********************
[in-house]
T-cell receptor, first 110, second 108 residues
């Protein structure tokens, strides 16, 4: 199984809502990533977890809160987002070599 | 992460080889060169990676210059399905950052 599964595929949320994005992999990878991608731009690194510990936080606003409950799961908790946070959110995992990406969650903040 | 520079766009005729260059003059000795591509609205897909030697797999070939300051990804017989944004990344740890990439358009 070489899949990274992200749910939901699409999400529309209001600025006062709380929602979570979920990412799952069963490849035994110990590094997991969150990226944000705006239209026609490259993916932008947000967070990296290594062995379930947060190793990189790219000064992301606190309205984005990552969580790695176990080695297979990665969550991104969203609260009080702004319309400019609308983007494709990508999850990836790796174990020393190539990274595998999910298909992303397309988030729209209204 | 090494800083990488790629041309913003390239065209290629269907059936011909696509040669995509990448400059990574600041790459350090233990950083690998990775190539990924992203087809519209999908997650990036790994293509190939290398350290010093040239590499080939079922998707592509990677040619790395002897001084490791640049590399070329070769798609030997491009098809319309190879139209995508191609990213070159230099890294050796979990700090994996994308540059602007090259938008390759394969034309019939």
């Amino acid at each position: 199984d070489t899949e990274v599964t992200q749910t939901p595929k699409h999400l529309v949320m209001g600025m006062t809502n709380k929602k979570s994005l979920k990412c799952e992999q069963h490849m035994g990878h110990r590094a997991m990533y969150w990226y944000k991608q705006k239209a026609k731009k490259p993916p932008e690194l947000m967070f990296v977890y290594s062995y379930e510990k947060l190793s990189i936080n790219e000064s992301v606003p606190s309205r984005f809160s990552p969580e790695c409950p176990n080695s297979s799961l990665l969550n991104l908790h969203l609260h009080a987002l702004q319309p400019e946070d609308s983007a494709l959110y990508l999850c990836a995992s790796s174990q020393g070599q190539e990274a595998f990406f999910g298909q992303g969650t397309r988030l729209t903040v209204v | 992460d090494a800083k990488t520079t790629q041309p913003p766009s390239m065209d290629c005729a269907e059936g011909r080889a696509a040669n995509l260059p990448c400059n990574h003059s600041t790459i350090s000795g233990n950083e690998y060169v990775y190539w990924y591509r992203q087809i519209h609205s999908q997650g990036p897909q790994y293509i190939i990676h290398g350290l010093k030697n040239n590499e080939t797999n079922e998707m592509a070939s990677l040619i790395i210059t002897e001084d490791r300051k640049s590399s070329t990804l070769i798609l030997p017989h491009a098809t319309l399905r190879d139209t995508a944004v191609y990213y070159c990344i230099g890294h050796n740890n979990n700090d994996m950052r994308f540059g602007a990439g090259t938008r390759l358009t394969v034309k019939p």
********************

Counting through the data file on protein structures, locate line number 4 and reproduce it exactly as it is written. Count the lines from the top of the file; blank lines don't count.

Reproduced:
């Amino acid at each position: 199984d070489t899949e990274v599964t992200q749910t939901p595929k699409h999400l529309v949320m209001g600025m006062t809502n709380k929602k979570s994005l979920k990412c799952e992999q069963h490849m035994g990878h110990r590094a997991m990533y969150w990226y944000k991608q705006k239209a026609k731009k490259p993916p932008e690194l947000m967070f990296v977890y290594s062995y379930e510990k947060l190793s990189i936080n790219e000064s992301v606003p606190s309205r984005f809160s990552p969580e790695c409950p176990n080695s297979s799961l990665l969550n991104l908790h969203l609260h009080a987002l702004q319309p400019e946070d609308s983007a494709l959110y990508l999850c990836a995992s790796s174990q020393g070599q190539e990274a595998f990406f999910g298909q992303g969650t397309r988030l729209t903040v209204v | 992460d090494a800083k990488t520079t790629q041309p913003p766009s390239m065209d290629c005729a269907e059936g011909r080889a696509a040669n995509l260059p990448c400059n990574h003059s600041t790459i350090s000795g233990n950083e690998y060169v990775y190539w990924y591509r992203q087809i519209h609205s999908q997650g990036p897909q790994y293509i190939i990676h290398g350290l010093k030697n040239n590499e080939t797999n079922e998707m592509a070939s990677l040619i790395i210059t002897e001084d490791r300051k640049s590399s070329t990804l070769i798609l030997p017989h491009a098809t319309l399905r190879d139209t995508a944004v191609y990213y070159c990344i230099g890294h050796n740890n979990n700090d994996m950052r994308f540059g602007a990439g090259t938008r390759l358009t394969v034309k019939p």